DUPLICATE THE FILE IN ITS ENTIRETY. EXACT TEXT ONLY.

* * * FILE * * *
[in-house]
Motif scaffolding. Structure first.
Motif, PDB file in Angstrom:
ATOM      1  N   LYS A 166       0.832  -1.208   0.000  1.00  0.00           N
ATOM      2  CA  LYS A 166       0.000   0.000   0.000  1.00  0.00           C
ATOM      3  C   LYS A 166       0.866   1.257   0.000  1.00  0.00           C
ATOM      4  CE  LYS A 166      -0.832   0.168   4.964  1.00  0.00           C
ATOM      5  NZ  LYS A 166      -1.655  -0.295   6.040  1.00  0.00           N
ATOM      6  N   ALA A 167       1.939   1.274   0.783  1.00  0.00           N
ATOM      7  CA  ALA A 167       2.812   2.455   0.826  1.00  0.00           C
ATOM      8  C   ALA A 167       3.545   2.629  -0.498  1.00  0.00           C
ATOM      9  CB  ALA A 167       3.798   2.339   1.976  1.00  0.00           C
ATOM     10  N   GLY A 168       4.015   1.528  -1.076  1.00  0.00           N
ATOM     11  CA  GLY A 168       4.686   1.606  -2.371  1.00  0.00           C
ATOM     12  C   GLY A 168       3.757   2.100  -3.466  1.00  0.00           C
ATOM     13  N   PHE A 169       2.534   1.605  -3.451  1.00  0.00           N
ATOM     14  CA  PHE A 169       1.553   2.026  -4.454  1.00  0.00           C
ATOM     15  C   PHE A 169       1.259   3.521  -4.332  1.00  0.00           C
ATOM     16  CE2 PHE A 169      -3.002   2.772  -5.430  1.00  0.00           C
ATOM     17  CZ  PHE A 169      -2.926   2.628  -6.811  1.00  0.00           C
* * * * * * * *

[in-house]
Motif scaffolding. Structure first.
Motif, PDB file in Angstrom:
ATOM      1  N   LYS A 166       0.832  -1.208   0.000  1.00  0.00           N
ATOM      2  CA  LYS A 166       0.000   0.000   0.000  1.00  0.00           C
ATOM      3  C   LYS A 166       0.866   1.257   0.000  1.00  0.00           C
ATOM      4  CE  LYS A 166      -0.832   0.168   4.964  1.00  0.00           C
ATOM      5  NZ  LYS A 166      -1.655  -0.295   6.040  1.00  0.00           N
ATOM      6  N   ALA A 167       1.939   1.274   0.783  1.00  0.00           N
ATOM      7  CA  ALA A 167       2.812   2.455   0.826  1.00  0.00           C
ATOM      8  C   ALA A 167       3.545   2.629  -0.498  1.00  0.00           C
ATOM      9  CB  ALA A 167       3.798   2.339   1.976  1.00  0.00           C
ATOM     10  N   GLY A 168       4.015   1.528  -1.076  1.00  0.00           N
ATOM     11  CA  GLY A 168       4.686   1.606  -2.371  1.00  0.00           C
ATOM     12  C   GLY A 168       3.757   2.100  -3.466  1.00  0.00           C
ATOM     13  N   PHE A 169       2.534   1.605  -3.451  1.00  0.00           N
ATOM     14  CA  PHE A 169       1.553   2.026  -4.454  1.00  0.00           C
ATOM     15  C   PHE A 169       1.259   3.521  -4.332  1.00  0.00           C
ATOM     16  CE2 PHE A 169      -3.002   2.772  -5.430  1.00  0.00           C
ATOM     17  CZ  PHE A 169      -2.926   2.628  -6.811  1.00  0.00           C